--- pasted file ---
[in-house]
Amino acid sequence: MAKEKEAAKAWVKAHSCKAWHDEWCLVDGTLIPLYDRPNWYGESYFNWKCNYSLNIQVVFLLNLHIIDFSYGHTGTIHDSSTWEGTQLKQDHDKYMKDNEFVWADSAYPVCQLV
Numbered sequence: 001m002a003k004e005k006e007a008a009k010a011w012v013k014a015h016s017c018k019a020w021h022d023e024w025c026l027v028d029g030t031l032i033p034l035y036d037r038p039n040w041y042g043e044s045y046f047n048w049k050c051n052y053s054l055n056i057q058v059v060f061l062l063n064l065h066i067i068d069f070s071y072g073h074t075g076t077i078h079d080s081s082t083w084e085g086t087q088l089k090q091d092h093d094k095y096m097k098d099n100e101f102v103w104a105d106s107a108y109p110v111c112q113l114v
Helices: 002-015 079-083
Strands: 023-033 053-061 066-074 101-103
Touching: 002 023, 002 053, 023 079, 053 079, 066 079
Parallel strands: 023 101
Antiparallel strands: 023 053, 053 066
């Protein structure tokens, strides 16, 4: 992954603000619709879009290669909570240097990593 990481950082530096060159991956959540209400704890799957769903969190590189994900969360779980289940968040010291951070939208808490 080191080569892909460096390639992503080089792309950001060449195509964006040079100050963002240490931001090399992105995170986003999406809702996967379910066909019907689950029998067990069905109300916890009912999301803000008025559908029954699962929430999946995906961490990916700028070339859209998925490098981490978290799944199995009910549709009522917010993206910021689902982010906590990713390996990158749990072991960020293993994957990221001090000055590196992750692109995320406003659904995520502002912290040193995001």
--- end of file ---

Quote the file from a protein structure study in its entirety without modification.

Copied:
[in-house]
Amino acid sequence: MAKEKEAAKAWVKAHSCKAWHDEWCLVDGTLIPLYDRPNWYGESYFNWKCNYSLNIQVVFLLNLHIIDFSYGHTGTIHDSSTWEGTQLKQDHDKYMKDNEFVWADSAYPVCQLV
Numbered sequence: 001m002a003k004e005k006e007a008a009k010a011w012v013k014a015h016s017c018k019a020w021h022d023e024w025c026l027v028d029g030t031l032i033p034l035y036d037r038p039n040w041y042g043e044s045y046f047n048w049k050c051n052y053s054l055n056i057q058v059v060f061l062l063n064l065h066i067i068d069f070s071y072g073h074t075g076t077i078h079d080s081s082t083w084e085g086t087q088l089k090q091d092h093d094k095y096m097k098d099n100e101f102v103w104a105d106s107a108y109p110v111c112q113l114v
Helices: 002-015 079-083
Strands: 023-033 053-061 066-074 101-103
Touching: 002 023, 002 053, 023 079, 053 079, 066 079
Parallel strands: 023 101
Antiparallel strands: 023 053, 053 066
């Protein structure tokens, strides 16, 4: 992954603000619709879009290669909570240097990593 990481950082530096060159991956959540209400704890799957769903969190590189994900969360779980289940968040010291951070939208808490 080191080569892909460096390639992503080089792309950001060449195509964006040079100050963002240490931001090399992105995170986003999406809702996967379910066909019907689950029998067990069905109300916890009912999301803000008025559908029954699962929430999946995906961490990916700028070339859209998925490098981490978290799944199995009910549709009522917010993206910021689902982010906590990713390996990158749990072991960020293993994957990221001090000055590196992750692109995320406003659904995520502002912290040193995001």